Connie Cuthbert smacked the alarm clock blaring on her nightstand. Rubbing her eyes, she slowly blinked and looked at the time, 2:42 A.M. Why was her alarm going off this early? With a huff, she flipped her pillow over to the cool side and attempted to fall back to sleep. A cool breeze blew gently against her cheek. Her hand reached up, pushing away an invisible force. Slowly, she rolled over onto her back, arms at her sides. Showing no indication of stirring, Connie’s jet black hair fell from her shoulders, and her hands dangled beneath her body as she began to rise into the air.
The silver comforter covering her body slipped and fell in a crumpled greyish pile, onto the bed. Her red, silk pajamas gleamed in the moonlight, and a thin mist rose from her illuminated skin. She now rested only a few inches from the ceiling, wholly oblivious to the precarious conditions. The inexplicable levitation lasted only a few moments. As she was delicately laid back onto the pillow, Connie groaned in her sleep. She rolled over, wrapping up in her blanket and was still none-the-wiser about the early morning’s events. When her alarm went off again, it was at the proper time, 8 A.M.
When she woke and headed to the bathroom, she caught a glance of her reflection in the full-length mirror. Stopping in the hallway, she stared in shock. At first, she thought her eyes were deceiving her. Then, she reached down and felt the large, firm bump with both hands. She was easily seven or eight months pregnant! Frantically, she scanned her memories. Had she somehow misplaced eight months of her life? No. The last thing she remembered was going to sleep as a single, non-pregnant woman. She was about to call the police – what she’d have said, she had no idea – when she felt a warm gush of water between her legs.
‘No!’ She thought, ‘no, no, no, no, NO! I am not about to have a baby! What the hell?!’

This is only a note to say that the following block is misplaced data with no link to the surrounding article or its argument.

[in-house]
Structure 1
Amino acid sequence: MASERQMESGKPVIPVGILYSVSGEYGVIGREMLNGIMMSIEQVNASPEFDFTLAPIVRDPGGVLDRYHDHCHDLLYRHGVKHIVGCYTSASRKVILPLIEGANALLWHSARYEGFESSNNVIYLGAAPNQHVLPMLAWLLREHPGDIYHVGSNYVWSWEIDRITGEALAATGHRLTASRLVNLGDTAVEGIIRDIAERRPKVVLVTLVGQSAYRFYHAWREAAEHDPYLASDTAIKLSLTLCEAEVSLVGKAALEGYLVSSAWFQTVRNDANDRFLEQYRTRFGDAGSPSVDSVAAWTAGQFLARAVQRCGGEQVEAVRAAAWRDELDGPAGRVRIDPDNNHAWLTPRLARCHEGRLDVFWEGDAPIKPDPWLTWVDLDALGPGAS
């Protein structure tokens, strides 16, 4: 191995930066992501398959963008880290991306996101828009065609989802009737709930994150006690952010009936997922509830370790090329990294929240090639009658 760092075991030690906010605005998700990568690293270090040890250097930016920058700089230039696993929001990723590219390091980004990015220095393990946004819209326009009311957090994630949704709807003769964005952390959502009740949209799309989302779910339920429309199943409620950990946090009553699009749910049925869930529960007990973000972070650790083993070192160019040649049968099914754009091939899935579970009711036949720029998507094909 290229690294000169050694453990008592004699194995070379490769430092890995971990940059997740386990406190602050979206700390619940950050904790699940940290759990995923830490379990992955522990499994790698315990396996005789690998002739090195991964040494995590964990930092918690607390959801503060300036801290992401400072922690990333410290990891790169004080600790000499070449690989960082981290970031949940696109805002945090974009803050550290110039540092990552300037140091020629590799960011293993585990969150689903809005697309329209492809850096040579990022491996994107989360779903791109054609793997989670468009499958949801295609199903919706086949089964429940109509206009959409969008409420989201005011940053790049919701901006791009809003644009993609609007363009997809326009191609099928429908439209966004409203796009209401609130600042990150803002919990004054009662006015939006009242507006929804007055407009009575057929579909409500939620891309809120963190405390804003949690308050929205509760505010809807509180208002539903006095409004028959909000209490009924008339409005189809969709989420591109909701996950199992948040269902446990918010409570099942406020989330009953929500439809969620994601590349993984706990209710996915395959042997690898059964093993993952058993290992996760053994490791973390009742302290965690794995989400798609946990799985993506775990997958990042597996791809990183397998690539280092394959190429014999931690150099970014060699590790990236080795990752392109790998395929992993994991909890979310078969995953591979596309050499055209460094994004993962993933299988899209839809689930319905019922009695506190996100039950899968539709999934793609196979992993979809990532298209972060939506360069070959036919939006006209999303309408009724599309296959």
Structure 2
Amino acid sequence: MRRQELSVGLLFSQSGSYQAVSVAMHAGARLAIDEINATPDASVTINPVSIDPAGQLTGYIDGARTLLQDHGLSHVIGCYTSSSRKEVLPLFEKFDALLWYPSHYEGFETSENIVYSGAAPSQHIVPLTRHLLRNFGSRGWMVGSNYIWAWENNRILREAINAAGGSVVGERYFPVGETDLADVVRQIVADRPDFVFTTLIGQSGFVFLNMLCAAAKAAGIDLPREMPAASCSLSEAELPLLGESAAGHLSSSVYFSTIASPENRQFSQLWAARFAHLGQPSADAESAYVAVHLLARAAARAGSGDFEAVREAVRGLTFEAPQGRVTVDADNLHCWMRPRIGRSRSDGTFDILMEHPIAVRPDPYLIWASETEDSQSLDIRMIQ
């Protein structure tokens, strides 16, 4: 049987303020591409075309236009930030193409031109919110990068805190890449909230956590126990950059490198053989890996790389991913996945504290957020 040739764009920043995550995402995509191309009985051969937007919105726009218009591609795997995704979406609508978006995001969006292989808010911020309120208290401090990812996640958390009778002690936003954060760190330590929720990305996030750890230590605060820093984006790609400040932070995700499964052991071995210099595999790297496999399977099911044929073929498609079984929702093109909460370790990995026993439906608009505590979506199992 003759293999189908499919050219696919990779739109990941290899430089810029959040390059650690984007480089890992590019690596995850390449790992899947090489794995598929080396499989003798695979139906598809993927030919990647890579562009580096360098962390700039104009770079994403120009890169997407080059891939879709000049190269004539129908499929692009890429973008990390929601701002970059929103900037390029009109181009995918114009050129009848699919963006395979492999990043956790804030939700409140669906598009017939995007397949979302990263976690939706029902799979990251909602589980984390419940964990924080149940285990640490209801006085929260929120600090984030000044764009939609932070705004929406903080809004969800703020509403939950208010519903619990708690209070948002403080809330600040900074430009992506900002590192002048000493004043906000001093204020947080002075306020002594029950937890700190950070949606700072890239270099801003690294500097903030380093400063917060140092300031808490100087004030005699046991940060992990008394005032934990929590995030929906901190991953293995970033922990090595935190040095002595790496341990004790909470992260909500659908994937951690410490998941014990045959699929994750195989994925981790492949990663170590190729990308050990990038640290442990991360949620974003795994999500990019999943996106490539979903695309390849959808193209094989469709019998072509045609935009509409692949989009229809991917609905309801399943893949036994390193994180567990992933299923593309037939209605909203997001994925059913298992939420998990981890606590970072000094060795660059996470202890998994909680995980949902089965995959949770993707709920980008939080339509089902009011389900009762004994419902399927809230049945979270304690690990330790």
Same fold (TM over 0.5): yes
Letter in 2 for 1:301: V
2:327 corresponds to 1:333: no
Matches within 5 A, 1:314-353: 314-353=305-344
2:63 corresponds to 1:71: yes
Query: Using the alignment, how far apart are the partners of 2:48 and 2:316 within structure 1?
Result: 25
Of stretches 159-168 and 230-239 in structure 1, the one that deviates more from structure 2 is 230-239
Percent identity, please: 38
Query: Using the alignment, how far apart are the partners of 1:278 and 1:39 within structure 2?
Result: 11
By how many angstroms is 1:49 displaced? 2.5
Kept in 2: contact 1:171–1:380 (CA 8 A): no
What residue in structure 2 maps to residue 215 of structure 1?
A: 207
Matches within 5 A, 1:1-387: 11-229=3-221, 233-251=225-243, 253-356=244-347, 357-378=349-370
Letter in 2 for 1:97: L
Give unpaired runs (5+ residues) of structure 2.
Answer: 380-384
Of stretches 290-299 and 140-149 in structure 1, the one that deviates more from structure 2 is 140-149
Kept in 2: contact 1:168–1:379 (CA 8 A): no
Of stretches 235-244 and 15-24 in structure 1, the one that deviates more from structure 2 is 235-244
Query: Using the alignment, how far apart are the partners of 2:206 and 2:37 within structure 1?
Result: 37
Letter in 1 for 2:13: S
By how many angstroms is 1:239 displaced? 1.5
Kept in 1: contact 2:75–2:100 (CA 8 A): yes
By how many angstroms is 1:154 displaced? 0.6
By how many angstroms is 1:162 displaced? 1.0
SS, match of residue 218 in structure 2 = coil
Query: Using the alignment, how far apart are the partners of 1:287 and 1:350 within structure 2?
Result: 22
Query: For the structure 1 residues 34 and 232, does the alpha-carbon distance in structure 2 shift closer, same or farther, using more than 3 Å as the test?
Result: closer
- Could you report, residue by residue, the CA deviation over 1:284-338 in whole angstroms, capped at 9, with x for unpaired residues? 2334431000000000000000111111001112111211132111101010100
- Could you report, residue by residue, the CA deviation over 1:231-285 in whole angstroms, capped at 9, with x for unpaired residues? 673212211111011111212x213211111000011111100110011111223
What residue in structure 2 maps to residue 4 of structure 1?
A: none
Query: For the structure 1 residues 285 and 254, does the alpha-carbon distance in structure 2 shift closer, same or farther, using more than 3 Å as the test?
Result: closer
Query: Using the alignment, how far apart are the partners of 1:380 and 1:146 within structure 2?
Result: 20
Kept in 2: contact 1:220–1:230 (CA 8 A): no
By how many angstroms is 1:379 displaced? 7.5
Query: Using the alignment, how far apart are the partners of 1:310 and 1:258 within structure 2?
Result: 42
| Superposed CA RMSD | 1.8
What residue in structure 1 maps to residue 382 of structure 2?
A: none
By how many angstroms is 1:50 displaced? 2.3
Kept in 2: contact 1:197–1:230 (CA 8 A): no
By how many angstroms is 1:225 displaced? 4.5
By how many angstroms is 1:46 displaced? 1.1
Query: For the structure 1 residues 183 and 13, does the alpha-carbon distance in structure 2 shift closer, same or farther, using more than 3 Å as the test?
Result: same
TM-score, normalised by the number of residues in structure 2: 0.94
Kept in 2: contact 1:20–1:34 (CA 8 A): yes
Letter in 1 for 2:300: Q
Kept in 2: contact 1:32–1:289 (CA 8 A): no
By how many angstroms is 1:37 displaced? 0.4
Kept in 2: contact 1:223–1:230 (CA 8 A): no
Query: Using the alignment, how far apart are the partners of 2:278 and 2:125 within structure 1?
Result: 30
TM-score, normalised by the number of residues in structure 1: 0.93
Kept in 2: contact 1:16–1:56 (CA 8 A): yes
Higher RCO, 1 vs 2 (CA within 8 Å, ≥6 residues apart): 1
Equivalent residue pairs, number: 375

“Connie?” An unfamiliar voice called out from the kitchen, “Connie, you up? I got coffee. Decaf for you, of co-” The strange man entered the hallway carrying two large Starbuck’s coffees and stopped short upon seeing the expression on her face. “Connie?” he asked cautiously, “You alright?” Looking down, he saw the puddle between her bare feet. “Oh, Gods! It’s time! The baby’s coming?!”
Without waiting for a response, the unnamed man flew into a panic, shouting reassurances over his shoulder as he began gathering their things. Still in a daze, Connie stood still as a statue, barely able to breathe.
“Connie! Come on! We’ve got to get a move on, or we’ll be stuck in traffic forever. I don’t want to have this baby on the side of the road, do you?” Breathlessly, he covered Connie’s pajama-clad body with a soft, brown coat – another thing she didn’t recognize – and steered her toward the front door.
The walls, once adorned with witty literature quotes, were now covered with photographs, depicting the two of them as a couple. Connie let herself be guided to a sleek, black Ford Explorer and buckled into the passenger seat. As the man, presumably her husband or boyfriend, put the vehicle in gear, she recalled the dream she’d had, just after the alarm clock had inexplicably gone off in the middle of the night. She’d dreamt she was flying – or falling – she couldn’t quite tell which. It wasn’t air she was ‘falling’ through, though.
She’d thought it odd to see a mirror image of her bedroom, albeit warped and stretched, swirling around her as she tumbled through the ethereal space. The ‘air’ around her had felt wet and dense, almost like a soap bubble. It had been such a vivid dream, but so short, she’d all but forgotten it when she’d awakened. Now, as it came back to her in bits and pieces, she began to wonder if it was possible she’d slipped into a parallel dimension. One in which she’d made some very, very different decisions.
The man looked over at her and patted her arm. “It’ll be okay,” he said sympathetically, “Just keep breathing. You doing alright?”
Connie nodded. “One thing’s for sure,” she said between contractions, “I’m going to need extensive therapy after this.”